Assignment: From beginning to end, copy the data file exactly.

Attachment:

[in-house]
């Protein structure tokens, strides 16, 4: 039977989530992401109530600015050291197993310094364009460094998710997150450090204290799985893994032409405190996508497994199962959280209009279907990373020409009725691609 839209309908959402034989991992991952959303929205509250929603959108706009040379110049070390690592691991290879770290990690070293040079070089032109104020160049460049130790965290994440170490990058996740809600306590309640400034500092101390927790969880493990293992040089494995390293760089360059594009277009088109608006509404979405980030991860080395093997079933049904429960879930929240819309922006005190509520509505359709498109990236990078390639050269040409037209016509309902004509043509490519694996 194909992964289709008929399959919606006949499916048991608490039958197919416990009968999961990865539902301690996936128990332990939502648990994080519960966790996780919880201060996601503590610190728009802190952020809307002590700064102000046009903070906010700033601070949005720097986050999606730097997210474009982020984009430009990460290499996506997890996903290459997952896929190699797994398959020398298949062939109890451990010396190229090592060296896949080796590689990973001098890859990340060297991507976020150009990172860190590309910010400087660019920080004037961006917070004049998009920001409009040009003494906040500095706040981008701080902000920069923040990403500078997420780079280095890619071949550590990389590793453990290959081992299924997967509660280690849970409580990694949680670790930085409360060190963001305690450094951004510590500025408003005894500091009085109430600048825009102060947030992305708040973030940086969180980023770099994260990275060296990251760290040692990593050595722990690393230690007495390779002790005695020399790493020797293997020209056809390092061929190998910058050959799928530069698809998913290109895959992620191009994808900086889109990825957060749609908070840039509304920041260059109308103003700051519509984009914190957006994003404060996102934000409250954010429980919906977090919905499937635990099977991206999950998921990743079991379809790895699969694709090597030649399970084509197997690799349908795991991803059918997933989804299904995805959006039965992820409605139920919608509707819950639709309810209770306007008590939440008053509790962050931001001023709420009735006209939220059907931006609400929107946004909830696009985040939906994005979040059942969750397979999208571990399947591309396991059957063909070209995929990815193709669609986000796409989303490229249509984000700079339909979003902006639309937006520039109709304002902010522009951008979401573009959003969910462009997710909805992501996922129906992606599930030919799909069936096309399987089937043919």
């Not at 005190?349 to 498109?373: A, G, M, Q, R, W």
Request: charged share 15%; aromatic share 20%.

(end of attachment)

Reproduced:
[in-house]
């Protein structure tokens, strides 16, 4: 039977989530992401109530600015050291197993310094364009460094998710997150450090204290799985893994032409405190996508497994199962959280209009279907990373020409009725691609 839209309908959402034989991992991952959303929205509250929603959108706009040379110049070390690592691991290879770290990690070293040079070089032109104020160049460049130790965290994440170490990058996740809600306590309640400034500092101390927790969880493990293992040089494995390293760089360059594009277009088109608006509404979405980030991860080395093997079933049904429960879930929240819309922006005190509520509505359709498109990236990078390639050269040409037209016509309902004509043509490519694996 194909992964289709008929399959919606006949499916048991608490039958197919416990009968999961990865539902301690996936128990332990939502648990994080519960966790996780919880201060996601503590610190728009802190952020809307002590700064102000046009903070906010700033601070949005720097986050999606730097997210474009982020984009430009990460290499996506997890996903290459997952896929190699797994398959020398298949062939109890451990010396190229090592060296896949080796590689990973001098890859990340060297991507976020150009990172860190590309910010400087660019920080004037961006917070004049998009920001409009040009003494906040500095706040981008701080902000920069923040990403500078997420780079280095890619071949550590990389590793453990290959081992299924997967509660280690849970409580990694949680670790930085409360060190963001305690450094951004510590500025408003005894500091009085109430600048825009102060947030992305708040973030940086969180980023770099994260990275060296990251760290040692990593050595722990690393230690007495390779002790005695020399790493020797293997020209056809390092061929190998910058050959799928530069698809998913290109895959992620191009994808900086889109990825957060749609908070840039509304920041260059109308103003700051519509984009914190957006994003404060996102934000409250954010429980919906977090919905499937635990099977991206999950998921990743079991379809790895699969694709090597030649399970084509197997690799349908795991991803059918997933989804299904995805959006039965992820409605139920919608509707819950639709309810209770306007008590939440008053509790962050931001001023709420009735006209939220059907931006609400929107946004909830696009985040939906994005979040059942969750397979999208571990399947591309396991059957063909070209995929990815193709669609986000796409989303490229249509984000700079339909979003902006639309937006520039109709304002902010522009951008979401573009959003969910462009997710909805992501996922129906992606599930030919799909069936096309399987089937043919």
């Not at 005190?349 to 498109?373: A, G, M, Q, R, W």
Request: charged share 15%; aromatic share 20%.